2. Parties tend not have homogeneous politics anyway, which is politically realistic, but the Labour Party, with its rich history – as I have defended – is one of the finest examples of a political organisation with diversity of opinion. However I make no bones about wanting to drive to the fringes those right wingers who have lusted over privatisation and war; disagreements with the PLP (or more specifically the Blair-Brown era PLP) opinion is not enough, it can’t see it any other way that socialists of the country unite behind trying to win the argument against the Labour right wing entryists from within the largest democratic socialist party in the country. It disturbs me beyond belief how much the New Labour machine grew under the weight of a McCarthyite attack against the left, but it disturbs me even more that this remains a voluntary act by worthy leftwingers today.


With regards to your point that this is not a purity issue, this may be the case with you, in which case it is incumbent upon you to explain why voting green is more effective than voting a green Labourite (which I imagine they all are in some noble, try-hard way) on the whole I see the factionalism problem as precisely that. No doubt the Greens will have their own versions (I hear that there is still a small contingent of eco-fascists in there somewhere) of course – but I despair at having very similar politics to someone like yourself, but being in a party where your absence is far more severe.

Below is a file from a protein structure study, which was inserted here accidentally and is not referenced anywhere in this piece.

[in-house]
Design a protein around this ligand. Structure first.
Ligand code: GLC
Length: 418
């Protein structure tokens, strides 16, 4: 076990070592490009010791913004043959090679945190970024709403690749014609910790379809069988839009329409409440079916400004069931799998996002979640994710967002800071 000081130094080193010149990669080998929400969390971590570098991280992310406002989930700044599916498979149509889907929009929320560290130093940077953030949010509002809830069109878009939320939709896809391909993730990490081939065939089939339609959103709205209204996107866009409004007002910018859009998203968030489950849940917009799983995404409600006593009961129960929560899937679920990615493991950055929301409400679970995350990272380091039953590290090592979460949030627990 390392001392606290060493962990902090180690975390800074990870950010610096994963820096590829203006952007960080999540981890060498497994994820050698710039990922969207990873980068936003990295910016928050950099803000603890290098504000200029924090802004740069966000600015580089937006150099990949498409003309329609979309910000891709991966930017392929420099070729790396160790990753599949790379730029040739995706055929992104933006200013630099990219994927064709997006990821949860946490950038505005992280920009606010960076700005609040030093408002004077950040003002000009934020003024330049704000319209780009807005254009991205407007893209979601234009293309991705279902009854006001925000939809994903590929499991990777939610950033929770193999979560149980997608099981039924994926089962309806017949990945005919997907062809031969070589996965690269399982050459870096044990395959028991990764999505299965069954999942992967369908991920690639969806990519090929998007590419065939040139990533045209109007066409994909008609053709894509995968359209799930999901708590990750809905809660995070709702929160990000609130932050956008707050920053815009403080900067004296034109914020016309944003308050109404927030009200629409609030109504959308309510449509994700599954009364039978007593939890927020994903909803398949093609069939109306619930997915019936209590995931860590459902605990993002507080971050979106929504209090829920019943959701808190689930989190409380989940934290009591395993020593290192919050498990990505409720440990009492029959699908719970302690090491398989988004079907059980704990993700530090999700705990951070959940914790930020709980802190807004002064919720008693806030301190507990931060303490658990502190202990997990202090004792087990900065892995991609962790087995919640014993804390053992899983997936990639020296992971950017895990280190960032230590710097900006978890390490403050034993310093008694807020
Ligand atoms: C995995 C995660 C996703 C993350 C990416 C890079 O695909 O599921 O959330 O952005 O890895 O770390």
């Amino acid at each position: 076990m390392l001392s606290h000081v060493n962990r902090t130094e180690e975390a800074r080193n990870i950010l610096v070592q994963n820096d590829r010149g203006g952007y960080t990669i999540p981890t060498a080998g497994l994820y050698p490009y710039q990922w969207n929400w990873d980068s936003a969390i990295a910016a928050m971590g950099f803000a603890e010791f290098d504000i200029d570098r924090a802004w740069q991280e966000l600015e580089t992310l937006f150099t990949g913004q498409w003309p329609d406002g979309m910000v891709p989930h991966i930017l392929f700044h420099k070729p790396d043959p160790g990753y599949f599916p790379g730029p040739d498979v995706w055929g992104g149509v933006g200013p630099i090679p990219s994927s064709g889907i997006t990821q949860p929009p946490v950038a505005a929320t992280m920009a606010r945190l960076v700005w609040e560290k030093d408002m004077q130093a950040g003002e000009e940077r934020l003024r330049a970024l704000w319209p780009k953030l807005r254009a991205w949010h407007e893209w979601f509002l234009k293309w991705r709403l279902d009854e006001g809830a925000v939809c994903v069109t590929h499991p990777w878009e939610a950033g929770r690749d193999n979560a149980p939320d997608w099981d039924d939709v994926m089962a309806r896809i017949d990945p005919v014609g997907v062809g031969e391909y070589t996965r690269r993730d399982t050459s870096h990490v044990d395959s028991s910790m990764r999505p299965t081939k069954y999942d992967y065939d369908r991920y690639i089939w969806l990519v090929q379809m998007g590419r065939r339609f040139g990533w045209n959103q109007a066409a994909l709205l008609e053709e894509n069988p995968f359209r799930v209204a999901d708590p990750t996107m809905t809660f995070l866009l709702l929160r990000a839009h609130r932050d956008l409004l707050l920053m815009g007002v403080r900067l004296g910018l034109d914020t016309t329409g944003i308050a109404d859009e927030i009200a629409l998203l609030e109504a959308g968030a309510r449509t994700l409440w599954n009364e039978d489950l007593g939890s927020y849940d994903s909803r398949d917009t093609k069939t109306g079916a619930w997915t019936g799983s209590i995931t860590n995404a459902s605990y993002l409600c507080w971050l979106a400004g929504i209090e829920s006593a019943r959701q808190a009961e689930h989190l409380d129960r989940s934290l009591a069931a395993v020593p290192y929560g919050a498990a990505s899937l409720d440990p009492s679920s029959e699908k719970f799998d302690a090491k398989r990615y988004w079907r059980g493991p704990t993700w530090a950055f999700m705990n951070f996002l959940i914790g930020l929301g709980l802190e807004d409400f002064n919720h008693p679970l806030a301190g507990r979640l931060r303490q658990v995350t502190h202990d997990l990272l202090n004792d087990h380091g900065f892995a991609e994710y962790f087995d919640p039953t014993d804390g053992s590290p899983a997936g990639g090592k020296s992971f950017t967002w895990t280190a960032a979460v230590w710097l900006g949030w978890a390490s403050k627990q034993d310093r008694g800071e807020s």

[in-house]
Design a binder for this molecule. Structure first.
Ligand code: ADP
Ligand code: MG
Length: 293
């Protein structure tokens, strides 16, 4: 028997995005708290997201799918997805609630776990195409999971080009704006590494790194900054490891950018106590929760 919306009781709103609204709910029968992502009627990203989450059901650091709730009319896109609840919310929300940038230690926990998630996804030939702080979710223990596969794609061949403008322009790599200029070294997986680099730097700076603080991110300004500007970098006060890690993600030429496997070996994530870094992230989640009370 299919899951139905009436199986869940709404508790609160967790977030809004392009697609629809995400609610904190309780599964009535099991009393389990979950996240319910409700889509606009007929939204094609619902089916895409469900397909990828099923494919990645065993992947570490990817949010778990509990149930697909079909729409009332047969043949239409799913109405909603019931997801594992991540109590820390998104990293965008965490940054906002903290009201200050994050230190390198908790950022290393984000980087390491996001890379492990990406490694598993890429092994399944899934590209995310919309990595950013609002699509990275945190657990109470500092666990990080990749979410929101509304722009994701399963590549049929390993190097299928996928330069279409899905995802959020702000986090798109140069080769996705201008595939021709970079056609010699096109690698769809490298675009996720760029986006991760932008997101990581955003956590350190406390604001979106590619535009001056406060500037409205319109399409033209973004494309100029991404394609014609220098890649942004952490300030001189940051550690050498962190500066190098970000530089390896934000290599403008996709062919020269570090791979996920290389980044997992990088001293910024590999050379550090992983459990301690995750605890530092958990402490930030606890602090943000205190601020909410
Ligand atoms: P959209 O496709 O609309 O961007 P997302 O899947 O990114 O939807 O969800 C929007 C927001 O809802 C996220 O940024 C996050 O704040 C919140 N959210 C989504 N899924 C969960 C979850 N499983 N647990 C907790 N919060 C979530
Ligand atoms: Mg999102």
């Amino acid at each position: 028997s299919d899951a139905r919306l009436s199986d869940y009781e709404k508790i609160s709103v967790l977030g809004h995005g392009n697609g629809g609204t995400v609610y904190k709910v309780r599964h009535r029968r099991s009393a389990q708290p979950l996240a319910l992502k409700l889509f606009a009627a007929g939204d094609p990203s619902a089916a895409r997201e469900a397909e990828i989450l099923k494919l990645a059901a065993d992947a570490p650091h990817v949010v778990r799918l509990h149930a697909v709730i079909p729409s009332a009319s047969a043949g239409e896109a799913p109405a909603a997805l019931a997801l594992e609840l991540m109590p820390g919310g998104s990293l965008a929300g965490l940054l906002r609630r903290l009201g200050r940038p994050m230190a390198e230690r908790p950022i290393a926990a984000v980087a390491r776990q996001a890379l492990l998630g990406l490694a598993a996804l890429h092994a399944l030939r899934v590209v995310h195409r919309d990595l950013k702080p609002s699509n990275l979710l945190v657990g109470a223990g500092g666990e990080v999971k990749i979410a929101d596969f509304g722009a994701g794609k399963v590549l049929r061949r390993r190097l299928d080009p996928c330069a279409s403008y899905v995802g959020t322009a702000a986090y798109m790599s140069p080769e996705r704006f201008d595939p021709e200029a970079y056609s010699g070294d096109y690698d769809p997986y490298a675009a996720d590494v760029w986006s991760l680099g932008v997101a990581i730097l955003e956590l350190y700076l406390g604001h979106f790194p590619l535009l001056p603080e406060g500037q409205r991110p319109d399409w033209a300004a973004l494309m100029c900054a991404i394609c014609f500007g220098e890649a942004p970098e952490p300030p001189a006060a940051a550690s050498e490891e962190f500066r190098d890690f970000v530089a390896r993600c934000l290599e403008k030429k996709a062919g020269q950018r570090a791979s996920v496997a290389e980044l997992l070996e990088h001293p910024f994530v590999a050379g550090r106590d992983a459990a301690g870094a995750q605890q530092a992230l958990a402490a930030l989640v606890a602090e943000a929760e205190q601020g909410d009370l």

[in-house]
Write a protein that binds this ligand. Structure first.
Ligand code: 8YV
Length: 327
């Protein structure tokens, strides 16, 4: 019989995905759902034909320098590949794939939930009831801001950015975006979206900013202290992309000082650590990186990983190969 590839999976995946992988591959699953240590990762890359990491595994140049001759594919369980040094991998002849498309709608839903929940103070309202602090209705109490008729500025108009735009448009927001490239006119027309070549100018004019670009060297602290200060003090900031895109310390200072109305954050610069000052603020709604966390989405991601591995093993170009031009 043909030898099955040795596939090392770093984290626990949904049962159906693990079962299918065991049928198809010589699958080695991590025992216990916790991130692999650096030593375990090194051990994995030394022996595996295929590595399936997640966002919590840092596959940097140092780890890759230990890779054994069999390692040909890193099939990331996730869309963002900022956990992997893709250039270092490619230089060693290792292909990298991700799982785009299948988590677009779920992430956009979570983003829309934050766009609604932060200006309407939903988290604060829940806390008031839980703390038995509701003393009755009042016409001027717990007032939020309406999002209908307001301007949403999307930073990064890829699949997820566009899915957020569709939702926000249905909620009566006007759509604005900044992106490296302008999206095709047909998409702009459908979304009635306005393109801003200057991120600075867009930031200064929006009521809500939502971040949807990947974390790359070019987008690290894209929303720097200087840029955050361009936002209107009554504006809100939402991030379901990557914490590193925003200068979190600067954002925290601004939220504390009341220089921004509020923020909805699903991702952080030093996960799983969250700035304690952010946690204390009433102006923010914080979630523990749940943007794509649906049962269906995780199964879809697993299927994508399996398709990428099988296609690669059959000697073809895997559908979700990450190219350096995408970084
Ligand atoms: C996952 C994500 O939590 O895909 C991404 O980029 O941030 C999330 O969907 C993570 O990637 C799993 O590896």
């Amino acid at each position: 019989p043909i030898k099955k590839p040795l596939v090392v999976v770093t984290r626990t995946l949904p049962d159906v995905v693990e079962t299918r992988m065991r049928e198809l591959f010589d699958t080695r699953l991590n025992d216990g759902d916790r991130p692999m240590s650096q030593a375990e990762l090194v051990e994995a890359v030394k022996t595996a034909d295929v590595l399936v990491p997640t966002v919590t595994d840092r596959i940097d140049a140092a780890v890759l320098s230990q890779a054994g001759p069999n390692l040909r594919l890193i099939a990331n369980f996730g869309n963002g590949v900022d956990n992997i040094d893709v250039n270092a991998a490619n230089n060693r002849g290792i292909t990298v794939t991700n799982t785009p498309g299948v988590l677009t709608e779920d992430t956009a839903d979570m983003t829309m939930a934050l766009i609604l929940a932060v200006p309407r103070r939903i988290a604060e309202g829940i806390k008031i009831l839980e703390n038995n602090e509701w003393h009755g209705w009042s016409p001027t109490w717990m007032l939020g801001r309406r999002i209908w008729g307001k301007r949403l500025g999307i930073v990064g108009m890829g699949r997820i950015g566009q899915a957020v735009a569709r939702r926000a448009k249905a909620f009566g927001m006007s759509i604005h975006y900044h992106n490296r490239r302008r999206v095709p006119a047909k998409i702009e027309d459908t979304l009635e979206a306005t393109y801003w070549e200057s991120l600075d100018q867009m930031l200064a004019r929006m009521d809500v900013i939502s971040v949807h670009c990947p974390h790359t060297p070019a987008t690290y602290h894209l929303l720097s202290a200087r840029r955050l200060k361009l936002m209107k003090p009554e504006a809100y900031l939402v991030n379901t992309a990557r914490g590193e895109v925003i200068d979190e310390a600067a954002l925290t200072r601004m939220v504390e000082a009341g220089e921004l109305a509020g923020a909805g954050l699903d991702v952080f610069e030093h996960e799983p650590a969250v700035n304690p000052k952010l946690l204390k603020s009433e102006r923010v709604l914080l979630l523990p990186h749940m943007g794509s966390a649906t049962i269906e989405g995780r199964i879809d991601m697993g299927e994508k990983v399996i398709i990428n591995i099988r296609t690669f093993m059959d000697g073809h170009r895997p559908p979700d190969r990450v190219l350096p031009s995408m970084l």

11 Responses to A reply to Jim Jepps

  1. DA says:

    It disturbs me beyond belief how much the New Labour machine grew under the weight of a McCarthyite attack against the left, but it disturbs me even more that this remains a voluntary act by worthy leftwingers today.

    I don’t think it would be controversial to say this tendency in the Labour party is due to a loss of confidence by a large part of Labour party membership – they realise that they are much further left (and interested in politics) than most of the electorate, and so in an attempt to finally win an election and rid us of the Tories, they handed the direction of the party over to the Blair-ites who were supposed to have some semi-mystical understanding of middle-England and the swing voter, and thus held the key to winning power. The legacy of the Militant dispute and “Clause 4” has been Labour people don’t really trust leaders who tell them what they want to hear.

    A new relevant and popular socialist program is vitally needed, and the first thing we need to do is convince other Labour members that socialism is possible.

    • Carl Packman says:

      It’s very optimistic DA (David?) but I hope you’re right, indeed I do think socialism is possible and vital. I think trust will be commensurate with a vigorous democratisation of the Labour Party and the message should by now be a product of the very harsh political reality, forced upon us by an ideologically driven government. As an aside, the wisdom of the “squeezed middle” tag could prove rather vital a weapon in years to come.

  2. Jim Jepps says:

    Hi Carl, thanks for the reply.

    I absolutely agree that it’s up to those who support other parties to make the argument for those parties. I’m sure you’ll understand that in one post I only really had room to take on the specific charge of purism.

    On whether this is Labour’s politics. I can look at it’s record in government and it’s manifestos for a good idea of where it stands politically but I think it’s a bit of a myth that most members are cut from different cloth – those members are long now.